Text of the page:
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THAT GOLDEN SHORE by J.D.  Kleinke

THAT GOLDEN SHORE

by J.D. Kleinke

Pub Date: Feb. 15th, 2021
ISBN: 978-0-578-75439-0
Publisher: Bayamet Books

A middle-aged rocker traverses the highs and lows of modern-day California in this introspective sequel.

Jack is living his dream. For the last couple of years, the 50-something has had regular music gigs in two bands. He’s a long way from his corporate job back East, having gradually made his way to California. Now he’s doing what he loves—jamming on guitar and bass for a paycheck and surfing whenever he gets a chance. Jack’s life hasn’t been without tribulations. He mourns the partner he lost to cancer, regrets leaving a girlfriend when he took a mountain rescue job in Colorado, and, most recently, seems to miss another girlfriend whose job called her to New Zealand. Still, he revels in his freedom. He has no worries about taking care of a family—an ideal that his drunken father had long ago tarnished. Sadly, Jack’s current and reliable love, California, undergoes big changes. Wildfire evacuations upend his peace, and a planned resort threatens to demolish the homes in his beachside community. Jack, meanwhile, can’t help but reflect on the “girl” in “Sunset Road,” one of his band’s most popular songs. “There is no sunset road,” Jack muses. “There’s just a road, and no one at the end waiting for you, unless you ask them to.” But he soon meets Eve, a schoolteacher and a single mother. Jack, a free spirit on stage, suddenly finds himself immersed in Eve’s extended family, an unfamiliar terrain that he willingly braves.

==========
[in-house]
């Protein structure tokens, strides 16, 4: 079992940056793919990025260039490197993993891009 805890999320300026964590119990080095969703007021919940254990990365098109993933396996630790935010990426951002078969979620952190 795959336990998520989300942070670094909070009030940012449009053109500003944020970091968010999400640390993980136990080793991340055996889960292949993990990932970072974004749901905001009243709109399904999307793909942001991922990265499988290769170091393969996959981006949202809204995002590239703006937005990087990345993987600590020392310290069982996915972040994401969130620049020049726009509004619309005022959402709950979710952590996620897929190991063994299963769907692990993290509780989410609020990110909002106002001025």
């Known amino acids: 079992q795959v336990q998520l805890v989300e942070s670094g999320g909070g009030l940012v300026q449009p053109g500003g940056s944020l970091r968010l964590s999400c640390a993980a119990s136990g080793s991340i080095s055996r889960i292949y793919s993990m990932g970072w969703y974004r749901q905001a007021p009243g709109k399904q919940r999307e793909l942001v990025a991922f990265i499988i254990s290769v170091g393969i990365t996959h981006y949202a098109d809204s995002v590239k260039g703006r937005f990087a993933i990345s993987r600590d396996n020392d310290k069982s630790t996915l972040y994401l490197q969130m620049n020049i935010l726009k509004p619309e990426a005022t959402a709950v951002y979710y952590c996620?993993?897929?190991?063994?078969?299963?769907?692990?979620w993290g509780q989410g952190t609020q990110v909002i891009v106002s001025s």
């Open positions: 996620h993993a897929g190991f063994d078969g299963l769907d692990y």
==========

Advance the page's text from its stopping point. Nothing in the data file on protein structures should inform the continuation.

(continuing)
Kleinke’s novel, a sequel to Dudeville (2017), brims with lively descriptions of its sunny locale. Characters watch glorious sunsets, drift off listening to the crashing tides, and endure high temperatures that wildfires make even hotter. Jack, though, spends a lot of time in his head; a recurring scene shows him zoning out while stuck in California traffic (with honking horns bringing him back to reality). But even when he ponders abstract ideas, details remain concrete. For example, Jack contemplates the Presence, aka God: “The Presence is nowhere more intensely present than above treeline, at the top of a mountain, with all of creation spread out before me; or at the very bottom of a desert canyon, with all of Time…or pouring in off the ocean, in pulsing waves of consciousness beyond my consciousness.” As part of his introspection, Jack experiments with different religions, which Kleinke treats respectfully. The protagonist embraces Judaism, though he wasn’t born Jewish, and Jack, who’s White, learns about Eve’s Native family’s religion. These differing religions represent unity, or a family, that Jack, who’s something of a drifter, doesn’t have. As the story progresses, readers catch glimpses of Jack’s fascinating life—his troubled childhood, past loves, and the incident that led to his rock ’n’ roll–filled days. Jack maintains an intriguing serenity, especially under pressure—his “eye-of-the-shitstorm mode.” He’s a believable character; his calm exterior sometimes breaks, like when he takes an understandably aggressive tone with “surf punks” bullying others at the beach.

An enthusiastic, profound coming-of-age tale for an older generation.